‘Queen of Shops’ Mary Portas has defended herself against criticism of her involvement in the government’s drive to save the high streets.
The self-styled ‘shop saviour’ came under fire last week for ‘misleading’ MPs about how much she made from the TV spin-off about her government role.
Under questioning by the Communities and Local Government Select Committee, she denied making half a million from the TV series, saying: ‘If I was getting £500,000 from Channel 4, let me tell you, I would be a happy woman. I am not.’
Portas later remembered that she had in fact made £500,000 ('I thought the MP was saying you got paid half a million for those three programmes and I was like, ‘No’, but, as soon as I realised it was about my two-year contract with Channel 4, I wrote the next day to clear it up') - whether or not it made her happy remained under wraps.
The TV presenter and shop consultant hasn't taken the criticism lying down. In an interview with The Times, she leapt to her own defence, saying she had been called before the committee to be ‘humiliated’, and she blasted the MPs for not supporting her.
‘The cowards,’ she said. ‘You’d think I was a f***ing tax exile, when I was only trying to help.’
Portas was drafted in by the government in 2011 to help save dying high streets. After a consultation she produced a report, which included 27 recommendations such as a ‘National Market Day’ and free town-centre parking. She pinpointed 12 UK towns to act as her guinea pigs and have her ideas introduced in them.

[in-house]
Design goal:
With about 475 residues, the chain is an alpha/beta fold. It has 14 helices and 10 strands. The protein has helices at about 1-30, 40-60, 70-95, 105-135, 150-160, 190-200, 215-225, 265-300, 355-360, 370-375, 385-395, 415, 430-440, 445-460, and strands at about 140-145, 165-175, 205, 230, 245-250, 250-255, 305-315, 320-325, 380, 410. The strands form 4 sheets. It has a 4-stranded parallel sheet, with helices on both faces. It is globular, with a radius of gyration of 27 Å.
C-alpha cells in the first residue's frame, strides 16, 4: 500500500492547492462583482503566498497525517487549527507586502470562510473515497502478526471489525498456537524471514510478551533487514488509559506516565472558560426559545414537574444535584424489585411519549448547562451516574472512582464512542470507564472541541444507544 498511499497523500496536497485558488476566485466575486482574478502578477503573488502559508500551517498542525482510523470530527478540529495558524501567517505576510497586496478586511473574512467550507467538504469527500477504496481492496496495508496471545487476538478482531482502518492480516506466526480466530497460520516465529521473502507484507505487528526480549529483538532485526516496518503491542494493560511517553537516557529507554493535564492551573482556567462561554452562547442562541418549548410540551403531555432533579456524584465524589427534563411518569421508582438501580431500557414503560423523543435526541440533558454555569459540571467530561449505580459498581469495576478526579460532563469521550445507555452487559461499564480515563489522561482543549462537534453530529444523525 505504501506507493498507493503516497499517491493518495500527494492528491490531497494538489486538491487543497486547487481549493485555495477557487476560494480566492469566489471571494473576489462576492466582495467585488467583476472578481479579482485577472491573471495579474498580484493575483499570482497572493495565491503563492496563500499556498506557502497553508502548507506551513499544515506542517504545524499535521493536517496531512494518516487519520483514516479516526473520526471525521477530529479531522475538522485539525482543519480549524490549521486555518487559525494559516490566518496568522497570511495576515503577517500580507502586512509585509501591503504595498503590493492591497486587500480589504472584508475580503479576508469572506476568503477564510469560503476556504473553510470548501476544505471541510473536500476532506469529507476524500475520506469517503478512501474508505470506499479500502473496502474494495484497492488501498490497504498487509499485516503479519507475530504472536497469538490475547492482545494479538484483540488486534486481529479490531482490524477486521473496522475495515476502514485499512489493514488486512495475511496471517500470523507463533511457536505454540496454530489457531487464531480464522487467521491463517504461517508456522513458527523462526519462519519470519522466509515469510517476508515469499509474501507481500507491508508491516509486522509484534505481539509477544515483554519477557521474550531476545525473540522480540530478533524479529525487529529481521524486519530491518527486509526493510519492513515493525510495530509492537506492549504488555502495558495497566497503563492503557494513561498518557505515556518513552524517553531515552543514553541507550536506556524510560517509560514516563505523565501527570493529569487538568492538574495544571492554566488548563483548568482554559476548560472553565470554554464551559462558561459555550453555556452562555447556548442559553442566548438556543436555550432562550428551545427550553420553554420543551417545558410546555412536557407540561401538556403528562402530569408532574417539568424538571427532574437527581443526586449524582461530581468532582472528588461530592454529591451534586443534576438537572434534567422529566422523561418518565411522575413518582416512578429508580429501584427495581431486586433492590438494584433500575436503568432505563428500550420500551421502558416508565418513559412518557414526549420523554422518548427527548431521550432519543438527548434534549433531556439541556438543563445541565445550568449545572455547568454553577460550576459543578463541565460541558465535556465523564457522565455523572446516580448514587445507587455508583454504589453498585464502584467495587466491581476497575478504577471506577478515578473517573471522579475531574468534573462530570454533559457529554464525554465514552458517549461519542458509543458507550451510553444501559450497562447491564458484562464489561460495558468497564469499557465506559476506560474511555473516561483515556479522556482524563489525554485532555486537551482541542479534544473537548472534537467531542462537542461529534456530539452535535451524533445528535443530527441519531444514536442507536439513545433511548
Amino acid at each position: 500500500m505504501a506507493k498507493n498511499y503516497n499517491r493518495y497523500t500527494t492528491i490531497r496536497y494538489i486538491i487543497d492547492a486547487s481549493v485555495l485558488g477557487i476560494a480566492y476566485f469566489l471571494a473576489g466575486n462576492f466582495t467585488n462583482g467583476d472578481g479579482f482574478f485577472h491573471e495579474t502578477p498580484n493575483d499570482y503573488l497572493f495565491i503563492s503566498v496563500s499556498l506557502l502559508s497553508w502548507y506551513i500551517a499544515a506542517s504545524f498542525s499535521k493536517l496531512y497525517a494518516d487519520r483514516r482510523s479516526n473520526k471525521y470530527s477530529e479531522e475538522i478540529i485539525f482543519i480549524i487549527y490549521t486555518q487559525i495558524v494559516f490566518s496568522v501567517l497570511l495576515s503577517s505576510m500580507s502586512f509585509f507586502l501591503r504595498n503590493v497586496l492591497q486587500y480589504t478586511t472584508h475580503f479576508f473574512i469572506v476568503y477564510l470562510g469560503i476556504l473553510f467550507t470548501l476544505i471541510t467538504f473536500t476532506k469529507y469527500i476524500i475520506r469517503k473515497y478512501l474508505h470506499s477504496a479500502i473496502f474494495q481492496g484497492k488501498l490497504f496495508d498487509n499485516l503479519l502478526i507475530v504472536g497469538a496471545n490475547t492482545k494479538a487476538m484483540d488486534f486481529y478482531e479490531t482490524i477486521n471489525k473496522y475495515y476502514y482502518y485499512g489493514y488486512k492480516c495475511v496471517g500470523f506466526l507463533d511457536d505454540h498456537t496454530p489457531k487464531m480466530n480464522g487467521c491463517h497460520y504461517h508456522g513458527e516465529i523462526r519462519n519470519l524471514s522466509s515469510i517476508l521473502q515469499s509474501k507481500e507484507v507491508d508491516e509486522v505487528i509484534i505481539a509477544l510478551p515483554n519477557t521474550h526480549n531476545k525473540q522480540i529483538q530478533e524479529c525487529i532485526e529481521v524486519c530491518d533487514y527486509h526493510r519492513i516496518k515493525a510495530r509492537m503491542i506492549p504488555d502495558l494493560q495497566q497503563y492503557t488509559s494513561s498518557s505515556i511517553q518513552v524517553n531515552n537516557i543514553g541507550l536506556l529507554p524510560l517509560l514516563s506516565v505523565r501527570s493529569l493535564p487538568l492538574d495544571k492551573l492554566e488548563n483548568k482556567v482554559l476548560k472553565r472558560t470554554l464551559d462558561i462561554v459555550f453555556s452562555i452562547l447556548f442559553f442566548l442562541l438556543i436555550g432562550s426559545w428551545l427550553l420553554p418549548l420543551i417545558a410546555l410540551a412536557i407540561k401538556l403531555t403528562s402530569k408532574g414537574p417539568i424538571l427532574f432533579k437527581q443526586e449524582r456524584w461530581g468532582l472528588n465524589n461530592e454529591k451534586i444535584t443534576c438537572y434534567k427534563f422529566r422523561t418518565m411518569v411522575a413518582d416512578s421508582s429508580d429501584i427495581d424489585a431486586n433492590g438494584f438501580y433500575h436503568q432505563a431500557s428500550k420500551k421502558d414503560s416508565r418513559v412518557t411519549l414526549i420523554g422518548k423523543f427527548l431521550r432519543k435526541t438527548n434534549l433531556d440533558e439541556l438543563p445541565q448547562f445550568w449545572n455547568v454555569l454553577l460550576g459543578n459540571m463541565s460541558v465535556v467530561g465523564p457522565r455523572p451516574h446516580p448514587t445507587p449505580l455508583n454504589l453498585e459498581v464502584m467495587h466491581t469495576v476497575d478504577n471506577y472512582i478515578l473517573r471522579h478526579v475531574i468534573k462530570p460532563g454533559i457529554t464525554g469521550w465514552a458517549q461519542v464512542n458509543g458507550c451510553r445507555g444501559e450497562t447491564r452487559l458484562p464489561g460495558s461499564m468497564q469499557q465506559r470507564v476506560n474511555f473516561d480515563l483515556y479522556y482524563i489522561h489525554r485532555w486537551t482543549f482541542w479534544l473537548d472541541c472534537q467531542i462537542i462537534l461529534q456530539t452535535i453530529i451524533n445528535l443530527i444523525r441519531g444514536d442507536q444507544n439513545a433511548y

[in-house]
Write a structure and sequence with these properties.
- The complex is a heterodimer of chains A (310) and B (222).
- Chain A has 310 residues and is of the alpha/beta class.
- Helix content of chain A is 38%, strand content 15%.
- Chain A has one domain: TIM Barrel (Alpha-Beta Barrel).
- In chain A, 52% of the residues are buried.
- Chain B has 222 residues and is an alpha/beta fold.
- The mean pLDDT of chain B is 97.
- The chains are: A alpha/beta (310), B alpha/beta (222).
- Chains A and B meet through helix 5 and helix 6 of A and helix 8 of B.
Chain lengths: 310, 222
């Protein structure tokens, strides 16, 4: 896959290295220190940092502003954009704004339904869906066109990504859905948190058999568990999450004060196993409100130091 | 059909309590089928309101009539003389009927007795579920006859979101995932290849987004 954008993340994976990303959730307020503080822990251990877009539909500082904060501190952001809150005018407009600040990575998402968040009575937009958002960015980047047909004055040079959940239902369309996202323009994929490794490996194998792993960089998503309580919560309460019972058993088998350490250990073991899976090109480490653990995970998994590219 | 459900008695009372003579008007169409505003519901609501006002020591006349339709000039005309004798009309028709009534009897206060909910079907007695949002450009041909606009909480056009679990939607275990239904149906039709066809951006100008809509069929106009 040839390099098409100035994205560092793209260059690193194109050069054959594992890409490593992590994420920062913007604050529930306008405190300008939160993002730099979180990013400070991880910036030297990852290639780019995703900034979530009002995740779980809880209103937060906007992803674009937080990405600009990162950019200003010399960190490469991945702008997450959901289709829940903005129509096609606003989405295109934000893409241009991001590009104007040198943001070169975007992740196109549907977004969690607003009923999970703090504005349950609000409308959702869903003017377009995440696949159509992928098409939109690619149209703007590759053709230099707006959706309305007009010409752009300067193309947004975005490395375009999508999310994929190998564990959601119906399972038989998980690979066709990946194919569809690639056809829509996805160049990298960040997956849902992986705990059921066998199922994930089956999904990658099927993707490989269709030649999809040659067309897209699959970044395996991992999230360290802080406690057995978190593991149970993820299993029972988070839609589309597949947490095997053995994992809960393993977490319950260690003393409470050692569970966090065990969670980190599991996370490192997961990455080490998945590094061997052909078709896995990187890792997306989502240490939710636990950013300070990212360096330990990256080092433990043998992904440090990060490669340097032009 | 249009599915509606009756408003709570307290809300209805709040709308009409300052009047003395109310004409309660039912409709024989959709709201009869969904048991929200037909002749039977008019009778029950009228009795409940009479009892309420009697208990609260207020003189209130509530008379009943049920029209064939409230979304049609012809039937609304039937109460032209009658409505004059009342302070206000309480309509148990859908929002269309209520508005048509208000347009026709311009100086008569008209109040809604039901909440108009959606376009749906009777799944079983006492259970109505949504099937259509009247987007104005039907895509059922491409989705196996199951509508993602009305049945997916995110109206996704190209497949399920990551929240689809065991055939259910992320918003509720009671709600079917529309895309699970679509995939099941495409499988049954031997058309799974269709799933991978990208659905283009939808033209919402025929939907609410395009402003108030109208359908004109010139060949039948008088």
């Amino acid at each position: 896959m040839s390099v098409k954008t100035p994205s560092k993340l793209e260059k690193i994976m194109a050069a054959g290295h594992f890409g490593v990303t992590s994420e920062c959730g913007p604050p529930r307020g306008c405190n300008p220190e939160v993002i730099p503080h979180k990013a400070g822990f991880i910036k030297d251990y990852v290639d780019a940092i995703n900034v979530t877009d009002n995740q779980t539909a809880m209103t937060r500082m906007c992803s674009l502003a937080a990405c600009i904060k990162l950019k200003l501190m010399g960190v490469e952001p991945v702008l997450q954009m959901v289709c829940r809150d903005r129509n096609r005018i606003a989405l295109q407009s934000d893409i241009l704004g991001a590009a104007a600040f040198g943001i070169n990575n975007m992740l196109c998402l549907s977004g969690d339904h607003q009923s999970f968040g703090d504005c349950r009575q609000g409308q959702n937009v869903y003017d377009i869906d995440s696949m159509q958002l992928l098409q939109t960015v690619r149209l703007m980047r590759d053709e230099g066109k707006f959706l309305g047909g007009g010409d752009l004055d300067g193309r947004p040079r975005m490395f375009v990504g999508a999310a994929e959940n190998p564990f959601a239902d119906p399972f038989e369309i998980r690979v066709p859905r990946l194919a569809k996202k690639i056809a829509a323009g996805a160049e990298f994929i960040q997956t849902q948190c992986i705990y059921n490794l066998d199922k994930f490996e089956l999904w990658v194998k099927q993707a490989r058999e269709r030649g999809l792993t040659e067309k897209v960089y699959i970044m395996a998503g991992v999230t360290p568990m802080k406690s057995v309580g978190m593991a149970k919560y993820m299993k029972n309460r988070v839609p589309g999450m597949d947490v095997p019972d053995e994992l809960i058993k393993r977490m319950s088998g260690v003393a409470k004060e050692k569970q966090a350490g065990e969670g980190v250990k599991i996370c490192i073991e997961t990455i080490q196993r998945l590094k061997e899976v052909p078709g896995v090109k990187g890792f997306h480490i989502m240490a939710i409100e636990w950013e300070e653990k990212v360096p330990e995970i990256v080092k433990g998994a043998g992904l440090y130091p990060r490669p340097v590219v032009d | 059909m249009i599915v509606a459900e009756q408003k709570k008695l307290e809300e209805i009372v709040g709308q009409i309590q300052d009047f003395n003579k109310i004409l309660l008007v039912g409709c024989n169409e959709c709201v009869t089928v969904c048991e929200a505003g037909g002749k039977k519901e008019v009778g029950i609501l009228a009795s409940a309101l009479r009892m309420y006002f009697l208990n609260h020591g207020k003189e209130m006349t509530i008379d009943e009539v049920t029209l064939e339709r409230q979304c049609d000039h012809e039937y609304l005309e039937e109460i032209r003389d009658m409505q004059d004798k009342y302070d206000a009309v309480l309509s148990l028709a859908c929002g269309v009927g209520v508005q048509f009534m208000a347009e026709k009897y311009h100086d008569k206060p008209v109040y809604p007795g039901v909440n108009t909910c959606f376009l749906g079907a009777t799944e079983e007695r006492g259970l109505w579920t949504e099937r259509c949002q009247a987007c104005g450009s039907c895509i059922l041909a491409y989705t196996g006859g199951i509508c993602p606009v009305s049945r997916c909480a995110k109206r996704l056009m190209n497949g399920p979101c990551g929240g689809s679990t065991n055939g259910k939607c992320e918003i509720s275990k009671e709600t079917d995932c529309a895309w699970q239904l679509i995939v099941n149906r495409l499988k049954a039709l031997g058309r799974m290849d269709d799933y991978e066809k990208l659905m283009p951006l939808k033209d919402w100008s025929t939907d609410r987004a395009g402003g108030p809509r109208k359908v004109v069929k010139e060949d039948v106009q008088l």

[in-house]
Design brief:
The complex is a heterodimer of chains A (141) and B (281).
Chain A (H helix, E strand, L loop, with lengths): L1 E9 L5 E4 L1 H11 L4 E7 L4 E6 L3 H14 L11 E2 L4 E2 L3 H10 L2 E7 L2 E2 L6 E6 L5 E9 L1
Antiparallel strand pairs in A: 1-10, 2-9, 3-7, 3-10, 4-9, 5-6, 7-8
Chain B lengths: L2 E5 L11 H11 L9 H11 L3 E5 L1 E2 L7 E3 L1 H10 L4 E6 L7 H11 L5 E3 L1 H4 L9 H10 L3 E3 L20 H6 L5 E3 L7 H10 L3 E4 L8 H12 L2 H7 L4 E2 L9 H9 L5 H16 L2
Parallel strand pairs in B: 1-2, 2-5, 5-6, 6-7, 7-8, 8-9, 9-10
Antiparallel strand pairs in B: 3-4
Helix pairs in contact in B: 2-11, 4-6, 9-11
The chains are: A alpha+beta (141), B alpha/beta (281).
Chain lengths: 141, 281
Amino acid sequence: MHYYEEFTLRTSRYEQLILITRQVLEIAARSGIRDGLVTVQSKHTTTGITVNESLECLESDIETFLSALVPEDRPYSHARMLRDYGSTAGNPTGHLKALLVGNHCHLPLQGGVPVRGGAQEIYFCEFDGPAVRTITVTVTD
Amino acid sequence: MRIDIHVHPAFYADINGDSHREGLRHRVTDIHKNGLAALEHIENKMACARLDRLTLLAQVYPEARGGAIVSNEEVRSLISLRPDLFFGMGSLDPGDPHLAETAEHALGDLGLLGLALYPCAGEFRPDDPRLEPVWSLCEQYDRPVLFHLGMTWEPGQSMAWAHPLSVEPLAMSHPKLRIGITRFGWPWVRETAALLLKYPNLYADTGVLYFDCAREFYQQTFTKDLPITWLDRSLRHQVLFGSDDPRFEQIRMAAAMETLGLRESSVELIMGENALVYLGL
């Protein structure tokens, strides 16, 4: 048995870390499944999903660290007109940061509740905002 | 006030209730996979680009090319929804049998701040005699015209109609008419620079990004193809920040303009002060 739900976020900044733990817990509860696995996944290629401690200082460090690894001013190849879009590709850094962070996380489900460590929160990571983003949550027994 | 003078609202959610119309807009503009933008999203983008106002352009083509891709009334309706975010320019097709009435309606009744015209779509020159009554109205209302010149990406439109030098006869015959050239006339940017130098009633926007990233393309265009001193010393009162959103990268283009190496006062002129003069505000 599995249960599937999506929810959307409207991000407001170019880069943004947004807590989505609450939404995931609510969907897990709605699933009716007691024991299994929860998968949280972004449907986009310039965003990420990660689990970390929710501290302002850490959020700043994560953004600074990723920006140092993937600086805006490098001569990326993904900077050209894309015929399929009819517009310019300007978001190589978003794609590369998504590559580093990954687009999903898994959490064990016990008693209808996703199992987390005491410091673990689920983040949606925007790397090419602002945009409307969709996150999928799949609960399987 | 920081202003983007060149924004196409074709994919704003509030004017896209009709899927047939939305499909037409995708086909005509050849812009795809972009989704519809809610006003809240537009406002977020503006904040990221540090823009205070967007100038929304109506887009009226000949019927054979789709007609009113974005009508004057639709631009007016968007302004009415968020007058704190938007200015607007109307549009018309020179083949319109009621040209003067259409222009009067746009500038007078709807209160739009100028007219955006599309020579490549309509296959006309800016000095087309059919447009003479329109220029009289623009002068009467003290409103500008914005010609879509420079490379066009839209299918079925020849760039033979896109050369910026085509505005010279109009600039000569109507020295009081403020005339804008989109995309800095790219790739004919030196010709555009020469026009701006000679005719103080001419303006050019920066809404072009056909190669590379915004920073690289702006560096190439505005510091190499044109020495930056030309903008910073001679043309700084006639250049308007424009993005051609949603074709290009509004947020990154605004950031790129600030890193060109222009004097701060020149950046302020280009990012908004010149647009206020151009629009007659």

It didn’t take long for the relationship between Portas and the coalition to sour. She soon chastised the government for merely paying lip service to saving the high streets and not acting on her suggestions, especially when Eric Pickles sanctioned a mega-Tesco to be built in Margate, one of Portas’ pilot towns.
‘They want my report to gather dust with all the others on their bookcases, but the high street has been dying for 25 years — we must get on with it,’ she said in the interview.
‘I could crumble and crack, go quietly insane, but I’m not a quitter,’ she insisted. ‘I love the high street. It saved my life.’
The flame-haired shops ‘campaigner’ may have been burned by her partnership with government but at least she knows she has the support of the royal family.
‘Prince Charles wrote to me when I started being attacked and said, ‘Bless you.’ That made me feel a bit emotional,’ she told The Times. Lucky her.
Which ‘expert’ celebrity David Cameron and Communities Secretary Eric Pickles will turn to now to save the high street is anyone’s guess. MT doesn’t think Jamie Oliver does shops.